Everyday Math Apps – FREE

For those of you who are interested, during the National Council of Teachers of Mathematics (NCTM) Conference in Indianapolis, Indiana, Everyday Math is offering the EMGames Apps FREE in the iTunes store.   You can preview these apps at the STEM App site at https://www.mheonline.com/stem_apps/. If teachers, parents and students have an iPad, iPhone, or iPod Touch they can download the EMGames Apps for FREE during NCTM April 13-16, 2011.

Here’s a list of the available apps:

  • Addition Top-It™
  • Subtraction Top-It™
  • Beat the Computer™
  • Name that Number™
  • Equivalent Fractions™
  • Tric-Trac™
  • Monster Squeeze™
  • Baseball Multiplication 1–6™ Facts
  • Baseball Multiplication 1–12™ Facts
  • Divisibility Dash™

Remember, after April 16, these apps revert back to their original price of $1.99 each.

(Thanks goes to Molly Schroeder for bringing this to my attention.)

NJ Educators: Go Get This Grant!

Source http://epicself.com
Source http://epicself.com

Come on. This is one you just have to apply for. Think about what you can do for your students with $2000. So many of you are working so hard and these funds could get you some of the hardware that would make your visions come to life.

The goal of this year’s NJAET is “to financially assist teachers to develop and implement creative educational technology projects that engage New Jersey’s students in effective learning with technology integration.”

Let’s look at some prices of equipment:

I’m thinking that $2000 will go pretty far in your classroom with prices like these.

NJAET is accepting applications in digital form (kudos to them) and one application will be awarded this grant in each of the following grade level categories: PK-2, 3-5, 6-8, and 9-12.

For detailed information about this grant (for NJ educators only), view the flyer and consider e-mailing a link to it to your colleagues. Download grant guidelines at http://www.njaet.org/pdfs/mini-grant-guidelines.pdf and the application at http://www.njaet.org/docs/njaet-mini-grant.doc. (The application deadline is December 1. 2009.)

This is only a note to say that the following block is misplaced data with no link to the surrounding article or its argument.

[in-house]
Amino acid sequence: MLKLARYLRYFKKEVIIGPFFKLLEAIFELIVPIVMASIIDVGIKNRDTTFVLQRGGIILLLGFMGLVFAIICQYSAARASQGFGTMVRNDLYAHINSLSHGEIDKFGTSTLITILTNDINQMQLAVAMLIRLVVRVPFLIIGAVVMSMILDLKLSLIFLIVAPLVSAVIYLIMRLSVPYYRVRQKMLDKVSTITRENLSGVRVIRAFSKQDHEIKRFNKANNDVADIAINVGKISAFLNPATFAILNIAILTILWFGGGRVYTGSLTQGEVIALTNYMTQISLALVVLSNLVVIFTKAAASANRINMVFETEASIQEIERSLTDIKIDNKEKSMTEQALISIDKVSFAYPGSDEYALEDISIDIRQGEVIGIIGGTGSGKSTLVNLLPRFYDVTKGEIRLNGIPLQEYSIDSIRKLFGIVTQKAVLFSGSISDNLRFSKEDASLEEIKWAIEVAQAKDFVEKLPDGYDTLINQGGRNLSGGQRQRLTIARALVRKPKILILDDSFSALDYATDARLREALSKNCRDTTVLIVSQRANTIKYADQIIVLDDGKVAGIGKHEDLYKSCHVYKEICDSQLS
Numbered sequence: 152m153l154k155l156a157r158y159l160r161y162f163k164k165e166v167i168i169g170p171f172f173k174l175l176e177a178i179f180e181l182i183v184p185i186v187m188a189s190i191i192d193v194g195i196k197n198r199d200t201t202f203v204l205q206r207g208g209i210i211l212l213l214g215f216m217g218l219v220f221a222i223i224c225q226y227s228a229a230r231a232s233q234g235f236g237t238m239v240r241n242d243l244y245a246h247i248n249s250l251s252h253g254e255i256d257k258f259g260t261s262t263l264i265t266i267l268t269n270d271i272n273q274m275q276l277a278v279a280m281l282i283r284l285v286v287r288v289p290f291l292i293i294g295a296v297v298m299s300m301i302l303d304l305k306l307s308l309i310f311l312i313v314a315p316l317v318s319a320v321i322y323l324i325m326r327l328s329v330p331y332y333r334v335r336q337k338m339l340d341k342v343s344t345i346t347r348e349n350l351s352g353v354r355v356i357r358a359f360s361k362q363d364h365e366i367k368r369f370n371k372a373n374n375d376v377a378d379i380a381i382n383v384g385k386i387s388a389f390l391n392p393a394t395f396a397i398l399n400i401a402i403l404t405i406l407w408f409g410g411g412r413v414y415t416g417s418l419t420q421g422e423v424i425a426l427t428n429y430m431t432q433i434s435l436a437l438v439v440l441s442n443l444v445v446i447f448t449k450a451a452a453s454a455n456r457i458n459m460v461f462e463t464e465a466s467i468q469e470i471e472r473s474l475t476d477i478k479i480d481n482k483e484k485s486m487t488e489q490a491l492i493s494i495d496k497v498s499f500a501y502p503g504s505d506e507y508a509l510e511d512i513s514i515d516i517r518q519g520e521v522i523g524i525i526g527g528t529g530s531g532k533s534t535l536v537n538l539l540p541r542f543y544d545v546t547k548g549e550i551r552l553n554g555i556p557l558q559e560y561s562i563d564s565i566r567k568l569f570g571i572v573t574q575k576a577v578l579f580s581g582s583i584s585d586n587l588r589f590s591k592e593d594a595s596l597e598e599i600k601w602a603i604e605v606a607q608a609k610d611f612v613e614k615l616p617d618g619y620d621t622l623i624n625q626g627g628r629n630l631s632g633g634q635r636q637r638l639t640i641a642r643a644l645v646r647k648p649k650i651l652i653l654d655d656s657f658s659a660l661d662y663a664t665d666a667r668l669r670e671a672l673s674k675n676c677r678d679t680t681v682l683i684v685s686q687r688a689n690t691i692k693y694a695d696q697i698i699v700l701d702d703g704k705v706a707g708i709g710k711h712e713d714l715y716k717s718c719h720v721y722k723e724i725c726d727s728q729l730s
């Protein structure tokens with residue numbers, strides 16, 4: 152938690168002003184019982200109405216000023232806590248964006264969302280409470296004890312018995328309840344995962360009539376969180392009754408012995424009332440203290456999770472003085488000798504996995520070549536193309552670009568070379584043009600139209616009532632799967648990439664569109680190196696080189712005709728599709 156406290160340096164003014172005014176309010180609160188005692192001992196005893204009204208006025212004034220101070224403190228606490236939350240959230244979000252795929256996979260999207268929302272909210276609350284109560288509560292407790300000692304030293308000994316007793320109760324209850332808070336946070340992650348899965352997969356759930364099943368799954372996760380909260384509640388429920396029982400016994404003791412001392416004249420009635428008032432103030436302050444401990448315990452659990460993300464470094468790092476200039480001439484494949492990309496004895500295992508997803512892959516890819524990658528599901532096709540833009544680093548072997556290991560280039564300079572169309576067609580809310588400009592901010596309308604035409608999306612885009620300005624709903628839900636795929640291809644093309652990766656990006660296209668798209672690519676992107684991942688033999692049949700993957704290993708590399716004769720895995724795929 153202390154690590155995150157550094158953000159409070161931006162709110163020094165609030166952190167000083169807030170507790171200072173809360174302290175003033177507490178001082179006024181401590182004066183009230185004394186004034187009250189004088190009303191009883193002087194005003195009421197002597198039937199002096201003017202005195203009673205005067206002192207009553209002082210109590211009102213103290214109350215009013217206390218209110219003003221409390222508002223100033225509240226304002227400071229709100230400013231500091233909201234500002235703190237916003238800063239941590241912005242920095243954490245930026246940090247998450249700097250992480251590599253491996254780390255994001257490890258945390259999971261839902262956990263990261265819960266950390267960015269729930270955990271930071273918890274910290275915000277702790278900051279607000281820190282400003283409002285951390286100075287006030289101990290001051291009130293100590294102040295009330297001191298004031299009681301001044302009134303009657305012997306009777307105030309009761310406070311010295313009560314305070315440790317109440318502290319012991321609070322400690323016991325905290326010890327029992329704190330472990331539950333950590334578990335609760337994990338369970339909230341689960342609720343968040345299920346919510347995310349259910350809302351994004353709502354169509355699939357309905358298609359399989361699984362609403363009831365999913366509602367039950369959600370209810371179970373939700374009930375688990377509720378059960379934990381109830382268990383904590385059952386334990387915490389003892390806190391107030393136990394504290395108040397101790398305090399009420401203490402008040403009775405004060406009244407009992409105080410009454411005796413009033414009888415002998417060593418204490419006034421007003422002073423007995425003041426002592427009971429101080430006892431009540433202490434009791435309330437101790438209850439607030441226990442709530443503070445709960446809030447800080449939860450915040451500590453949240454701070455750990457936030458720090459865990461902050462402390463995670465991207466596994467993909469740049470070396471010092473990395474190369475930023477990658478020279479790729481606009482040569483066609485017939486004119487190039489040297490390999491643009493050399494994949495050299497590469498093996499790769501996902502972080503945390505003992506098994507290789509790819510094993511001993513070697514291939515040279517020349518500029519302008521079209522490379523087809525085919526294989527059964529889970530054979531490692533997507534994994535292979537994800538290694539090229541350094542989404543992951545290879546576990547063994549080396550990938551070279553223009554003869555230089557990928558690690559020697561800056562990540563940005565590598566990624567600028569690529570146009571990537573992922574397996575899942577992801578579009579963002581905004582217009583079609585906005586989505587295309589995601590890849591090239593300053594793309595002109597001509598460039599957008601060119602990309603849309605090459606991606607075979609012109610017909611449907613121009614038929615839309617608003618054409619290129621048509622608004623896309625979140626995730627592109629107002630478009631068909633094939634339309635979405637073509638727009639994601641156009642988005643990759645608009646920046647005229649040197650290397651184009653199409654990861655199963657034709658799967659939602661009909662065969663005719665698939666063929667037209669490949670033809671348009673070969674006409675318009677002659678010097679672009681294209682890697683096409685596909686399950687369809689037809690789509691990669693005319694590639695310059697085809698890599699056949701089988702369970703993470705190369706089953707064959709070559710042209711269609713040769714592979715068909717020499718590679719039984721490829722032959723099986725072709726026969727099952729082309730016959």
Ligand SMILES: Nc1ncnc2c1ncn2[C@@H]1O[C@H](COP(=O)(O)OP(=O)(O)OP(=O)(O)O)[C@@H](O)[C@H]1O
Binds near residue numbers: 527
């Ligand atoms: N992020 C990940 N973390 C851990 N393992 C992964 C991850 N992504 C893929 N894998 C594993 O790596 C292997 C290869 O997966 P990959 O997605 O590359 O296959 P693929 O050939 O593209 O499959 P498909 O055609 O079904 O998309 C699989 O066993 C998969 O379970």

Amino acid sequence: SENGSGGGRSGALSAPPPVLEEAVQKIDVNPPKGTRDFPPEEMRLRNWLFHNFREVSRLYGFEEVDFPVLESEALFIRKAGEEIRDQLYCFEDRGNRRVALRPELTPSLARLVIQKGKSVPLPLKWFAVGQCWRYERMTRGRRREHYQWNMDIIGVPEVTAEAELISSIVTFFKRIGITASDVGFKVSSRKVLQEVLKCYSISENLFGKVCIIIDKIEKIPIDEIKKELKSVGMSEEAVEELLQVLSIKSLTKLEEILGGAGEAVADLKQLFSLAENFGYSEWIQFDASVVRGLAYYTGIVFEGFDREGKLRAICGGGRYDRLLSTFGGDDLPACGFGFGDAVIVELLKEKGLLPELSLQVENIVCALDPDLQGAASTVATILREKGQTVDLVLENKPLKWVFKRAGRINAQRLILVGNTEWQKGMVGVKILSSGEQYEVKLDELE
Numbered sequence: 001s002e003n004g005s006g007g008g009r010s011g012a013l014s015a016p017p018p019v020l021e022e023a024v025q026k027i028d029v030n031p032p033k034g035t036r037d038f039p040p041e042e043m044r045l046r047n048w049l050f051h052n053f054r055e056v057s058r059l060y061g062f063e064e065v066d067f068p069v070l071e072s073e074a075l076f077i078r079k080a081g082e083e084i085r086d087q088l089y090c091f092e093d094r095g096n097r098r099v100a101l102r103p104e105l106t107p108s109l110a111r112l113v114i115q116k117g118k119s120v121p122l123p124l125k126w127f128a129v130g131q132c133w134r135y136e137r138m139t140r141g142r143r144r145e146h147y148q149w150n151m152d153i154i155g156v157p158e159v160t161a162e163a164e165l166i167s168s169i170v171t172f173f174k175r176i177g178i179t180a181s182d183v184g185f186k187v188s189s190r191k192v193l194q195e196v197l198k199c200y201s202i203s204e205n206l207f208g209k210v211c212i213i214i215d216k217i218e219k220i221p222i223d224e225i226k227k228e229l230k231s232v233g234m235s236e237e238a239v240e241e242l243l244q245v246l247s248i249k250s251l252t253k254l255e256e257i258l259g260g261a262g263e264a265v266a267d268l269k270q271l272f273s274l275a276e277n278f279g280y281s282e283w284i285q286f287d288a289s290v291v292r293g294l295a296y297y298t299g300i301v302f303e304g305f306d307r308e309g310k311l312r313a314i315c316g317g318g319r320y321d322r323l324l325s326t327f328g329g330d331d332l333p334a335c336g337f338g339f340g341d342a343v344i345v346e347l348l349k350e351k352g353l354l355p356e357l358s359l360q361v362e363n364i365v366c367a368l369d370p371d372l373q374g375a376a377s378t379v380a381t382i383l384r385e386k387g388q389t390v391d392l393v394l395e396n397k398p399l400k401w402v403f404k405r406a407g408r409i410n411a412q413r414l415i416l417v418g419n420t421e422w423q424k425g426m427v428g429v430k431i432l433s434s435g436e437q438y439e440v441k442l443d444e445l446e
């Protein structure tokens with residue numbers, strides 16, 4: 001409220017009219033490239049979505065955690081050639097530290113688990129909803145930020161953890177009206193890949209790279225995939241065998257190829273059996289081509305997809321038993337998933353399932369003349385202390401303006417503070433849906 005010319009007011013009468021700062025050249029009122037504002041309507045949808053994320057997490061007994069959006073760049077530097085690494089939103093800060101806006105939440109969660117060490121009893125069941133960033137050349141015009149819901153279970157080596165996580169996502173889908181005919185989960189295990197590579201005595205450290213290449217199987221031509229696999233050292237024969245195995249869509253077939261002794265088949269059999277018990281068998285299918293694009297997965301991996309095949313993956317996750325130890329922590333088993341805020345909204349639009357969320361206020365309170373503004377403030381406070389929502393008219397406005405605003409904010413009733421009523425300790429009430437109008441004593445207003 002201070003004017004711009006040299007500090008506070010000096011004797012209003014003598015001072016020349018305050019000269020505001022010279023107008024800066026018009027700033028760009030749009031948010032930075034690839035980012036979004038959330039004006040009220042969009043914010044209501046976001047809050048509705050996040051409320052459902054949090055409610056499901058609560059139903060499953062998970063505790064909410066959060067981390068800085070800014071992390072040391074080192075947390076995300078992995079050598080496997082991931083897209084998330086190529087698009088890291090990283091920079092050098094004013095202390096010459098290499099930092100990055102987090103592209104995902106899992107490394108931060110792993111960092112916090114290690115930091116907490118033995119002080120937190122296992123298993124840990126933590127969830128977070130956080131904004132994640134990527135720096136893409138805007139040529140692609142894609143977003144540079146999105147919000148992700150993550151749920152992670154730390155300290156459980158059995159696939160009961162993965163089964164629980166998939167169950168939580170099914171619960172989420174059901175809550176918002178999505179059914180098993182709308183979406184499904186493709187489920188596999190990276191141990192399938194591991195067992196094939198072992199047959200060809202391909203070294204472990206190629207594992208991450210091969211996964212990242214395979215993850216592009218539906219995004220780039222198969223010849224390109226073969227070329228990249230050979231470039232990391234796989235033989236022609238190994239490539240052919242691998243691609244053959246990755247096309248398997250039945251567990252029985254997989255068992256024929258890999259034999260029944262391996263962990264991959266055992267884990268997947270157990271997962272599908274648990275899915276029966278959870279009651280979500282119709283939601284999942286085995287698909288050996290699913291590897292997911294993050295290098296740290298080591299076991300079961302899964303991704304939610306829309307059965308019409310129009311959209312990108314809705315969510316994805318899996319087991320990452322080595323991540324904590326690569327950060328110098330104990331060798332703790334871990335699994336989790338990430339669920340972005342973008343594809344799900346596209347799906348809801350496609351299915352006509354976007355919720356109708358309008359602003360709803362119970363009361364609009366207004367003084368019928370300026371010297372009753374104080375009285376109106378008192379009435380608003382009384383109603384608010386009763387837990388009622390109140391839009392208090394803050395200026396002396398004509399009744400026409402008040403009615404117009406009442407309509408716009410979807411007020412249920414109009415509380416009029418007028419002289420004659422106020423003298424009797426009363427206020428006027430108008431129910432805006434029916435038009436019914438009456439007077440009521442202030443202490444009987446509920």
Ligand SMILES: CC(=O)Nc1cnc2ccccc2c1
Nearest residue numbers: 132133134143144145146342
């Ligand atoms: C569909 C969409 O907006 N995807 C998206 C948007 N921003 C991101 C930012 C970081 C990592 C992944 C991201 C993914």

If you are not from New Jersey or you still need to explore other resources for funding, check out these other organizations:

Sign of the Times?

Sign in High School FoyerI posted last week about the presentation I had to prepare for 150 high school teachers. I had wanted to UStream the hour-long talk, but I was unable to get access to the Internet until about thirty seconds before I began speaking. I did capture the audio using my iPod Classic and a voice recorder and I synced it with the slide show I had created. So, in the end I’ve decided to upload the entire presentation as an enhanced podcast to my Center’s page in iTunes U (make sure to click on the red circle that represents the Center for Mathematics, Science and Computer Education) where I had previously posted a series of vcasts on iPods in Ed. I recently took the vcasts down as I wasn’t happy with them, so this will be the first of many PD sessions I plan to record and share there instead. It’s 55 minutes and I wish I had footage of the teachers themselves, but it’s there if you’d like to listen to what I talked with them about and how they reacted.

Talk about reaction…

I sent Tweets out from my Blackberry throughout the morning and was very happy to have the support of my PLN. But it wasn’t until I got home and had a chance to reread the conversation that I noticed the important detail that Connie Sitterley had fed me.


number363

To think that the idea of making lessons accessible to more students through the use of their own electronic gadgets could possibly be eliminated in an entire state? I immediately went and checked out House Bill #363. I read through Dan Callahan’s post on the topic, Damian Bariexca’s sample letter and when I read Chris Lehmann’s post I realized that this Bill, if passed, is going to impact all public schools in Pennsylvania. Even the Science Leadership Academy.

So was the high school that I spoke at last Friday morning so far from the norm? Many of my Twitter friends didn’t seem to think so. @Mswojo Tweeted that the signs at her school are laminated and hung up in each room. We communicate on udl4all@ning.com about how we can use hardware, software and anything available to us to improve teaching and learning. What can these technology tools do to accommodate students that need help learning the objectives of the lesson and then how can we transfer that to the rest of our class so that the accommodations might help other students as well? I wish I had made those statements to the school administrator who commented that I should not have encouraged the teachers to use cell phones and ipods with their students since their was a ban in school. (Hmm.)

I want to help teachers make accommodations for their students.
I want to help teachers realize the resources available to them.
I want to help teachers reach a comfort with having and using technology in their classrooms.